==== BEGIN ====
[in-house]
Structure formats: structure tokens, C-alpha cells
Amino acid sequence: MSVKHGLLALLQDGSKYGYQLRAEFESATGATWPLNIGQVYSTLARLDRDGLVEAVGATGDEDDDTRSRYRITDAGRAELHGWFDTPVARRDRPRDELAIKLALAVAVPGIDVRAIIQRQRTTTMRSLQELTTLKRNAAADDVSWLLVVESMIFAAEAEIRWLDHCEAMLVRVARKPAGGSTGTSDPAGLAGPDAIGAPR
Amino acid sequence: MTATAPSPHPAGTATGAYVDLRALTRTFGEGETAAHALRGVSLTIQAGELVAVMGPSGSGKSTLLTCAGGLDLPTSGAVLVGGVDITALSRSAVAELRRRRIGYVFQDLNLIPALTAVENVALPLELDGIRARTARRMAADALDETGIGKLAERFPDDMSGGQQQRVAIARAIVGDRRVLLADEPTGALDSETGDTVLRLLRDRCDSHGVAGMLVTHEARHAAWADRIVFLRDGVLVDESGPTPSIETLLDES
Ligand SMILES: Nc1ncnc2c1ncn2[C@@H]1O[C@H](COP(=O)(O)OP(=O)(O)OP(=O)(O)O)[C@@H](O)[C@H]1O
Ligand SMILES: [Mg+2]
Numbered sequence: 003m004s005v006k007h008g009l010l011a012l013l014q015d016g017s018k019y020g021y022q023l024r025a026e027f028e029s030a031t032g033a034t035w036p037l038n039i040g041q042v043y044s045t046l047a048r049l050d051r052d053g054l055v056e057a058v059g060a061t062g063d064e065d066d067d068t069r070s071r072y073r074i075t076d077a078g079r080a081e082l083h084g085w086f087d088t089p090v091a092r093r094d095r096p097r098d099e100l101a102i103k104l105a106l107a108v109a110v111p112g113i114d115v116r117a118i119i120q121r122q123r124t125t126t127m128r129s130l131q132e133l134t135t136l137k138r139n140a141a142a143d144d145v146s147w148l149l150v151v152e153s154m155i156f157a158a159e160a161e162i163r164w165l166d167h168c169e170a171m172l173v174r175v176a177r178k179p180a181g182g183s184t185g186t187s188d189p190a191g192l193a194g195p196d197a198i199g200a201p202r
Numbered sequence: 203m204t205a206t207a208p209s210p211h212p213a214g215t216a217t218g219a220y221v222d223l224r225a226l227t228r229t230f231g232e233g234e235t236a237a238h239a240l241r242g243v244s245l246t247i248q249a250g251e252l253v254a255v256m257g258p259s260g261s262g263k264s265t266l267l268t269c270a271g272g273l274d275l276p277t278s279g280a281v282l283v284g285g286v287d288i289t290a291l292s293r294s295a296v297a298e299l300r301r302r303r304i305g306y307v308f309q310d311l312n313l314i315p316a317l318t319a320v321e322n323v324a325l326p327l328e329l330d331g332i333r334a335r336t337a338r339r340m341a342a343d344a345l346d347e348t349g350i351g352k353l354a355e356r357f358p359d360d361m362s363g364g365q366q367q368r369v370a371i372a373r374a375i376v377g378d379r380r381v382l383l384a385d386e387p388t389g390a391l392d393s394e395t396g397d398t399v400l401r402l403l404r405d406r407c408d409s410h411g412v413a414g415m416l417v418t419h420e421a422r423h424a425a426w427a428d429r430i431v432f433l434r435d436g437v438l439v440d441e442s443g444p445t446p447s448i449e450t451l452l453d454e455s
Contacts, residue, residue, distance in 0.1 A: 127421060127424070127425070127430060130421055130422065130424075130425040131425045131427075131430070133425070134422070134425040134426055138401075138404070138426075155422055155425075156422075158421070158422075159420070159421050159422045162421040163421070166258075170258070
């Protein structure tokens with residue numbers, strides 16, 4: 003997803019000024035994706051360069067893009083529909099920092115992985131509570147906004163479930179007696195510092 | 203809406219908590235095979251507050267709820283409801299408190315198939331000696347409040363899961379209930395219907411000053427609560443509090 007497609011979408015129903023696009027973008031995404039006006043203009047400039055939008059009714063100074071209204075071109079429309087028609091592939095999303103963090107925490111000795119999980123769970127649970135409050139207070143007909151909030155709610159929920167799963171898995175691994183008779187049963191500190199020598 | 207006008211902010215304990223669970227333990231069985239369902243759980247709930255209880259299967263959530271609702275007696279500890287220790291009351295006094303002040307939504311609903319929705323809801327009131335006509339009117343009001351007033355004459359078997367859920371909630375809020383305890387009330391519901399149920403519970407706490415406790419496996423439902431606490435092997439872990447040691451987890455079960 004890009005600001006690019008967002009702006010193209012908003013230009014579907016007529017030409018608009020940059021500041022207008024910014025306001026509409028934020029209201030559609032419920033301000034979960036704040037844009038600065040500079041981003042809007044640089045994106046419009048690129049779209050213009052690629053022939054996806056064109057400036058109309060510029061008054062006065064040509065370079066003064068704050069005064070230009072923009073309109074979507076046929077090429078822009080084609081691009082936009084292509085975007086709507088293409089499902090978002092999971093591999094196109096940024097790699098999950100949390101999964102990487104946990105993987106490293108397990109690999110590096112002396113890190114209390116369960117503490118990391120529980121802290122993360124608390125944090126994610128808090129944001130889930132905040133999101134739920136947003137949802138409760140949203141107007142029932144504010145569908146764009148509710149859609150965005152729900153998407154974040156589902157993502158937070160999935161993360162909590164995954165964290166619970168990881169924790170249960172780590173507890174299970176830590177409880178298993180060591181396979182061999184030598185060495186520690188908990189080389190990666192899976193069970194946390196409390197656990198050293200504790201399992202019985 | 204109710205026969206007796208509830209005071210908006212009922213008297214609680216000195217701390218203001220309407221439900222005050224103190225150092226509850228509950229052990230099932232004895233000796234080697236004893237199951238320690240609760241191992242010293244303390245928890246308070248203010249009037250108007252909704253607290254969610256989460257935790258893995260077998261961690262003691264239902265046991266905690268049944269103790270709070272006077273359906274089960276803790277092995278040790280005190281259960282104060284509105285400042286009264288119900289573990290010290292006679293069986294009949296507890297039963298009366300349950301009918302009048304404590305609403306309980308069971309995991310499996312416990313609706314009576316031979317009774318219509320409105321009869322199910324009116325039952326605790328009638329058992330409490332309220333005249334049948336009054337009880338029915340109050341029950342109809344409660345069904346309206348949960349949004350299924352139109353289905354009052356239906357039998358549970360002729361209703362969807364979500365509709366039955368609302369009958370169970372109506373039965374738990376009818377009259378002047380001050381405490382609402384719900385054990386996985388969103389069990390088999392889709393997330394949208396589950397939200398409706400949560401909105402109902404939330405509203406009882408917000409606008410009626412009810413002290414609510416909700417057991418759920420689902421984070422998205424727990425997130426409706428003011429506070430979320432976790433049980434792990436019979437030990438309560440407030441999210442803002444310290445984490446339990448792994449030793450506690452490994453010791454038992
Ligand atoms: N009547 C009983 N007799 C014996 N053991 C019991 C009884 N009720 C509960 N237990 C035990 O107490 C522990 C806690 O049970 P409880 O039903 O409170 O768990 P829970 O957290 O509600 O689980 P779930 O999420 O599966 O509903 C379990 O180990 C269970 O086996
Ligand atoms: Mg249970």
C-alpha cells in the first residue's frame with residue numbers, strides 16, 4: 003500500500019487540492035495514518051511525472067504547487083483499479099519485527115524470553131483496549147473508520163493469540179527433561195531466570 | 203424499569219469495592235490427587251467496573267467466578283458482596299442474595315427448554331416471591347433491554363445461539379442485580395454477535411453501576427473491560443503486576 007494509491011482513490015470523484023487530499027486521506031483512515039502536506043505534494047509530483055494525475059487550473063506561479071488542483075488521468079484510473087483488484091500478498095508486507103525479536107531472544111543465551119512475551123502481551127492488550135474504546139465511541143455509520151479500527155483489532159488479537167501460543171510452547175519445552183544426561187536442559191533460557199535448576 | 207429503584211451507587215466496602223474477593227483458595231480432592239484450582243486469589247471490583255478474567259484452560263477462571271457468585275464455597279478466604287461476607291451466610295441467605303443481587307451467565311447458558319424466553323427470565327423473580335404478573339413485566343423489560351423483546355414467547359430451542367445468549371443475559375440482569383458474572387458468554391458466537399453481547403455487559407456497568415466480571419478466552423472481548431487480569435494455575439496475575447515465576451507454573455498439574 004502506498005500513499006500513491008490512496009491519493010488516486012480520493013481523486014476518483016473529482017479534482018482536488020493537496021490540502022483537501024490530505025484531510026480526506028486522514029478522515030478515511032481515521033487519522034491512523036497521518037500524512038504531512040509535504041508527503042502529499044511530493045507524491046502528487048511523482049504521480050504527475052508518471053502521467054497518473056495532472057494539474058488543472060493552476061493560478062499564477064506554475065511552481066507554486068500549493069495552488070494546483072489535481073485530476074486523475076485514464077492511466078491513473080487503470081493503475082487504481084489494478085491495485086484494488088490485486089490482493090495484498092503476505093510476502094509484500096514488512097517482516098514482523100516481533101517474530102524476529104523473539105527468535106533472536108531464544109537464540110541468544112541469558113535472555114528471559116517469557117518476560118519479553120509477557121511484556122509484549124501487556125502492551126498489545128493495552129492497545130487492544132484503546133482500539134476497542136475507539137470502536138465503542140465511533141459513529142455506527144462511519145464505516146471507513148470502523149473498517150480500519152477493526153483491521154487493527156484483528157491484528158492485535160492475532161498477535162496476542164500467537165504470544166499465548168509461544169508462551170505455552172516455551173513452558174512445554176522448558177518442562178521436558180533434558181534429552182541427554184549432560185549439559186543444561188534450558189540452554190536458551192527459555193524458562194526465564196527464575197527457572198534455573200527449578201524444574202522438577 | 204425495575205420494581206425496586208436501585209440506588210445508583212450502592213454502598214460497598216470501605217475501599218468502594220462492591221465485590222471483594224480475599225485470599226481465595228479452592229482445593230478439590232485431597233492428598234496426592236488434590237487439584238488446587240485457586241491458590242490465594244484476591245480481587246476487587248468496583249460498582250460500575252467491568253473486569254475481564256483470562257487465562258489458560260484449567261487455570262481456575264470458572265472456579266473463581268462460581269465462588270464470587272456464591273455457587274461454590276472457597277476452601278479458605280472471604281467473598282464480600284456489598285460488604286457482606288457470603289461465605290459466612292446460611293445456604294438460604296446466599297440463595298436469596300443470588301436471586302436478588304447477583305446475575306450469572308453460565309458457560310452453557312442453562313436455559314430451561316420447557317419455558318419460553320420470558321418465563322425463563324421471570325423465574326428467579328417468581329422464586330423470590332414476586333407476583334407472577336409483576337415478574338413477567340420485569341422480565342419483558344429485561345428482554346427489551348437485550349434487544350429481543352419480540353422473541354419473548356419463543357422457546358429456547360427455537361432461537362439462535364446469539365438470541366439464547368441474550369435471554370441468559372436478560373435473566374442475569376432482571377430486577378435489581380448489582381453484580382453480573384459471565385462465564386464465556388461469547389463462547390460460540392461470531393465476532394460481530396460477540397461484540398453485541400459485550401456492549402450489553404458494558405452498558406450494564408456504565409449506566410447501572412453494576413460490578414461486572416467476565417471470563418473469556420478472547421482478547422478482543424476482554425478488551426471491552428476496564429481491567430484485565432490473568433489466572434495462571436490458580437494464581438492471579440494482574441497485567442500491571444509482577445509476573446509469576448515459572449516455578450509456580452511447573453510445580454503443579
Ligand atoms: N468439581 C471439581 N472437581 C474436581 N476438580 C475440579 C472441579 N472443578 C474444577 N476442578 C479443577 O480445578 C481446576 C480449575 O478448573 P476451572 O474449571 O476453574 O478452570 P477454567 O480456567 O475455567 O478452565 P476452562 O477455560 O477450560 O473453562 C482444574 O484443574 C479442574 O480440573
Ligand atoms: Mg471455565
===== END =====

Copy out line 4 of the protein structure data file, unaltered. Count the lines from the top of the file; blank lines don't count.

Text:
Amino acid sequence: MTATAPSPHPAGTATGAYVDLRALTRTFGEGETAAHALRGVSLTIQAGELVAVMGPSGSGKSTLLTCAGGLDLPTSGAVLVGGVDITALSRSAVAELRRRRIGYVFQDLNLIPALTAVENVALPLELDGIRARTARRMAADALDETGIGKLAERFPDDMSGGQQQRVAIARAIVGDRRVLLADEPTGALDSETGDTVLRLLRDRCDSHGVAGMLVTHEARHAAWADRIVFLRDGVLVDESGPTPSIETLLDES